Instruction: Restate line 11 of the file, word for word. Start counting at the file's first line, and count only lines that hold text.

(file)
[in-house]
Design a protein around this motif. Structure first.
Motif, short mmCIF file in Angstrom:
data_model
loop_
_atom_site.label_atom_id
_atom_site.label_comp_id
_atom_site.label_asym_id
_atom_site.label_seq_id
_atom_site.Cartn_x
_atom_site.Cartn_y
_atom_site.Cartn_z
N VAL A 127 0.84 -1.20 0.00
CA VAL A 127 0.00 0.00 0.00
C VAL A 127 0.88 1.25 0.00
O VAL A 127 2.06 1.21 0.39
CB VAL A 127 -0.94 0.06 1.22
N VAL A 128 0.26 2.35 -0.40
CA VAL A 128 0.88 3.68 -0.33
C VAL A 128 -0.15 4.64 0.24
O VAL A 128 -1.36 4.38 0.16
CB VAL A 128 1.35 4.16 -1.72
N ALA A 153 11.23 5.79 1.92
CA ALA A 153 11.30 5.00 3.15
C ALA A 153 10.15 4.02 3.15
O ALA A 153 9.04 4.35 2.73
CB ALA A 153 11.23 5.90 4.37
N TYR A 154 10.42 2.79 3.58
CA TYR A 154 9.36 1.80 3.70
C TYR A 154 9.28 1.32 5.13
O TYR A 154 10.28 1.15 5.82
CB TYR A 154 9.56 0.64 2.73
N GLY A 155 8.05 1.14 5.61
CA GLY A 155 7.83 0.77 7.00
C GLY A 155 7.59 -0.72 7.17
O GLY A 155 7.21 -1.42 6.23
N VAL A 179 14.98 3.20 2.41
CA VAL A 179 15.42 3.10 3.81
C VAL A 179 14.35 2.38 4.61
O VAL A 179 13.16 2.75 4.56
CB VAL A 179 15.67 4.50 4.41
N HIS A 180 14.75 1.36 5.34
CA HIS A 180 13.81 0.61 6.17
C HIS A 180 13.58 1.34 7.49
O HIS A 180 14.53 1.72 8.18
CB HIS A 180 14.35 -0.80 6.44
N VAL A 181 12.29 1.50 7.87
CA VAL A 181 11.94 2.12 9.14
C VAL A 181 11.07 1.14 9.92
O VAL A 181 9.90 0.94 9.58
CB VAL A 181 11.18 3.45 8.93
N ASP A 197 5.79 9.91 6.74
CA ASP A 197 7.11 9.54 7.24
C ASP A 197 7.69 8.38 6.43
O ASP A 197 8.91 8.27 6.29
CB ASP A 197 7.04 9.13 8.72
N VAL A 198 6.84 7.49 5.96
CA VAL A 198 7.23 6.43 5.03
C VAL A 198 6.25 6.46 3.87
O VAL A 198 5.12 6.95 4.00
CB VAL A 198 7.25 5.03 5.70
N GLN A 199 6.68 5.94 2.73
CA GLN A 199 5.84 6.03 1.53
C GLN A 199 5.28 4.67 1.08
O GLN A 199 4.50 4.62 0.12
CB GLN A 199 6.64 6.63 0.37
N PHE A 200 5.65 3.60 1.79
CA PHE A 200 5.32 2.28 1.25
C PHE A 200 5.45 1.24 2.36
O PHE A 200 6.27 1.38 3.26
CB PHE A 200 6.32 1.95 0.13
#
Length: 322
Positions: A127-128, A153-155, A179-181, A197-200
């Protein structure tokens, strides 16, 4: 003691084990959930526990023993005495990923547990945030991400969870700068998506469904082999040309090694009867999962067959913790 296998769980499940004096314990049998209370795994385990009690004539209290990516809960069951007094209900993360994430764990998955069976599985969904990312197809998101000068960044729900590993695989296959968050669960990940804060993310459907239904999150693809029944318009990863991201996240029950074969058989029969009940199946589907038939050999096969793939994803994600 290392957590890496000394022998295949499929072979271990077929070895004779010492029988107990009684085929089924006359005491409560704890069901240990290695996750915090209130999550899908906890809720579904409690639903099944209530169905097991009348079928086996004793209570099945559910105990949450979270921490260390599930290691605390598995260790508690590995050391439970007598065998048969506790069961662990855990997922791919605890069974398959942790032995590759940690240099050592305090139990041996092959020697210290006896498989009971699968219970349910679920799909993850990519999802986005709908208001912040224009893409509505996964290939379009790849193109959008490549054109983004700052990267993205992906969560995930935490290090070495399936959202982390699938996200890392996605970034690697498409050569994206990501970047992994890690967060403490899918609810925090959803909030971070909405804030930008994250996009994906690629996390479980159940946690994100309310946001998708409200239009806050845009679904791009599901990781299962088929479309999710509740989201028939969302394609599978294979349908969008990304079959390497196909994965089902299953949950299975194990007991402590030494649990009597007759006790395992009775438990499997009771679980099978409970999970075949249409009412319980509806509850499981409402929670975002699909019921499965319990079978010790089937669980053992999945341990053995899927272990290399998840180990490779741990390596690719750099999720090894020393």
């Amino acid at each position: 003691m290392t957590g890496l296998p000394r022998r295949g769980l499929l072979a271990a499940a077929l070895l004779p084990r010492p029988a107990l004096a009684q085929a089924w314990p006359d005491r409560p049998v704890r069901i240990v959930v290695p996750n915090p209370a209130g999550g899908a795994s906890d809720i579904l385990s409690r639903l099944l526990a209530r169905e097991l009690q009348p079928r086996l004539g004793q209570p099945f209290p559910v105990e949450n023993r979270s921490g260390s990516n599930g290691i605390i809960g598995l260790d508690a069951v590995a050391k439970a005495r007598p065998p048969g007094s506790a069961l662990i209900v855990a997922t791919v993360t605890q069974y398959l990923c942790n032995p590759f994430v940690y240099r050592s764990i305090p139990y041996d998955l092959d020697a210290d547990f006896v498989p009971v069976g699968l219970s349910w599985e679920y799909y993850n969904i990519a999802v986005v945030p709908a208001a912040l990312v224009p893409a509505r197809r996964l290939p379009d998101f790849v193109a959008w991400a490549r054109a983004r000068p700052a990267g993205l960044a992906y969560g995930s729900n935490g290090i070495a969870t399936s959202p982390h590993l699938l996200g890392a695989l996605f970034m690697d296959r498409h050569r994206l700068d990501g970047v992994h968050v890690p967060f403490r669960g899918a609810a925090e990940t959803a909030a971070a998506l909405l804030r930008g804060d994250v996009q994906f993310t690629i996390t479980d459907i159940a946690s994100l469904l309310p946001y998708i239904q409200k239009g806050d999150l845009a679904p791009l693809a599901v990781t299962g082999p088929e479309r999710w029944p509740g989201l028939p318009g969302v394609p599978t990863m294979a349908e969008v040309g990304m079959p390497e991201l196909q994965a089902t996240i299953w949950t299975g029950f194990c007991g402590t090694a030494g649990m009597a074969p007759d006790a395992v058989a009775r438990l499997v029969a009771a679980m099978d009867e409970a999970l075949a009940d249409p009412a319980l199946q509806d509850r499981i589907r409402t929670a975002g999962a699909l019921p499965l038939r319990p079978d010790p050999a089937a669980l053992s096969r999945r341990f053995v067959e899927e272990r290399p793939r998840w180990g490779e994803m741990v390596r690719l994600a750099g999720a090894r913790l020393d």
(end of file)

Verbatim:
_atom_site.Cartn_y